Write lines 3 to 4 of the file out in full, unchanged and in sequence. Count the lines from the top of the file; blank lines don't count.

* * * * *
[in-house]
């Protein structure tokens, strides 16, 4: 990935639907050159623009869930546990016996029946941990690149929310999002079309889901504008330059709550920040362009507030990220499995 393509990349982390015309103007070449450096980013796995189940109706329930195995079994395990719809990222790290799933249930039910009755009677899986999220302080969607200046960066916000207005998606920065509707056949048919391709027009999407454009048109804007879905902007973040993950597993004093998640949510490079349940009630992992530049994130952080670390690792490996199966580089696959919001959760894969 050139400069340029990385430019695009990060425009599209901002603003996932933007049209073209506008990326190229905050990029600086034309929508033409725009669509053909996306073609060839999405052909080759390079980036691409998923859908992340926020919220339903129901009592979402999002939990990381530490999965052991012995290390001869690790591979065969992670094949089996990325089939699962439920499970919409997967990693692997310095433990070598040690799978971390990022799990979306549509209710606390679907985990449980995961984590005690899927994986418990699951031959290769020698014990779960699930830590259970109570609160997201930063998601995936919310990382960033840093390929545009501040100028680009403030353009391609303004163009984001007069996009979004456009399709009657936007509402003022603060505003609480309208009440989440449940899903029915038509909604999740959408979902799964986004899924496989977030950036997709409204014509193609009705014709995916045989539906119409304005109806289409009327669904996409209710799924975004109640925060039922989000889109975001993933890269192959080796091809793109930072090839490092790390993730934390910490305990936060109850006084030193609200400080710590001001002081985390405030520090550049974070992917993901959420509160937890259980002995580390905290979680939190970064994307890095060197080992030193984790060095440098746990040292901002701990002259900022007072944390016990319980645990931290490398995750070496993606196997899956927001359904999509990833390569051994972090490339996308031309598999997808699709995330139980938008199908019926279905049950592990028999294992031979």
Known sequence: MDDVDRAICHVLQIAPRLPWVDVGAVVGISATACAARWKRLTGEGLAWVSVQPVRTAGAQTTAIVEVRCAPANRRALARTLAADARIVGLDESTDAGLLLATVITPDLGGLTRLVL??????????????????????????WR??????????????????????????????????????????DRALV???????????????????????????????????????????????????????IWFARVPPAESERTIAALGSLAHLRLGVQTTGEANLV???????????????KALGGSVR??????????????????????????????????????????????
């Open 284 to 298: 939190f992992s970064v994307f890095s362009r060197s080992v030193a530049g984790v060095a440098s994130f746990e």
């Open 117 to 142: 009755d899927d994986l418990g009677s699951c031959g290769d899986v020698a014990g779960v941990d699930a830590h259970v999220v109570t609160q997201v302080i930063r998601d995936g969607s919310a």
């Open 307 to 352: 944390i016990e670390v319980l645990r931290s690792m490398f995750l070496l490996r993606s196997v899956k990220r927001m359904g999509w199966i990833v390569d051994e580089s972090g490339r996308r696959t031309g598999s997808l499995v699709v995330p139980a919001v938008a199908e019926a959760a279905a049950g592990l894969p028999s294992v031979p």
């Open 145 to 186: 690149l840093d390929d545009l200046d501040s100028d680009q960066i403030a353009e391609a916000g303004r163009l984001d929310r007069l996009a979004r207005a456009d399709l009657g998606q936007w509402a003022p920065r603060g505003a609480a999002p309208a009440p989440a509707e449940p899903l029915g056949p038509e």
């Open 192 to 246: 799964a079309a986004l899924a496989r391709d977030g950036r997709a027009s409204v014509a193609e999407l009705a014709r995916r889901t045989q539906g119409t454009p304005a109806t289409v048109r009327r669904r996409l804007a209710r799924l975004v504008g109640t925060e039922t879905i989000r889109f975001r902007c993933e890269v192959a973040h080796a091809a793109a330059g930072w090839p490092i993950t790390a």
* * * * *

Known sequence: MDDVDRAICHVLQIAPRLPWVDVGAVVGISATACAARWKRLTGEGLAWVSVQPVRTAGAQTTAIVEVRCAPANRRALARTLAADARIVGLDESTDAGLLLATVITPDLGGLTRLVL??????????????????????????WR??????????????????????????????????????????DRALV???????????????????????????????????????????????????????IWFARVPPAESERTIAALGSLAHLRLGVQTTGEANLV???????????????KALGGSVR??????????????????????????????????????????????
């Open 284 to 298: 939190f992992s970064v994307f890095s362009r060197s080992v030193a530049g984790v060095a440098s994130f746990e």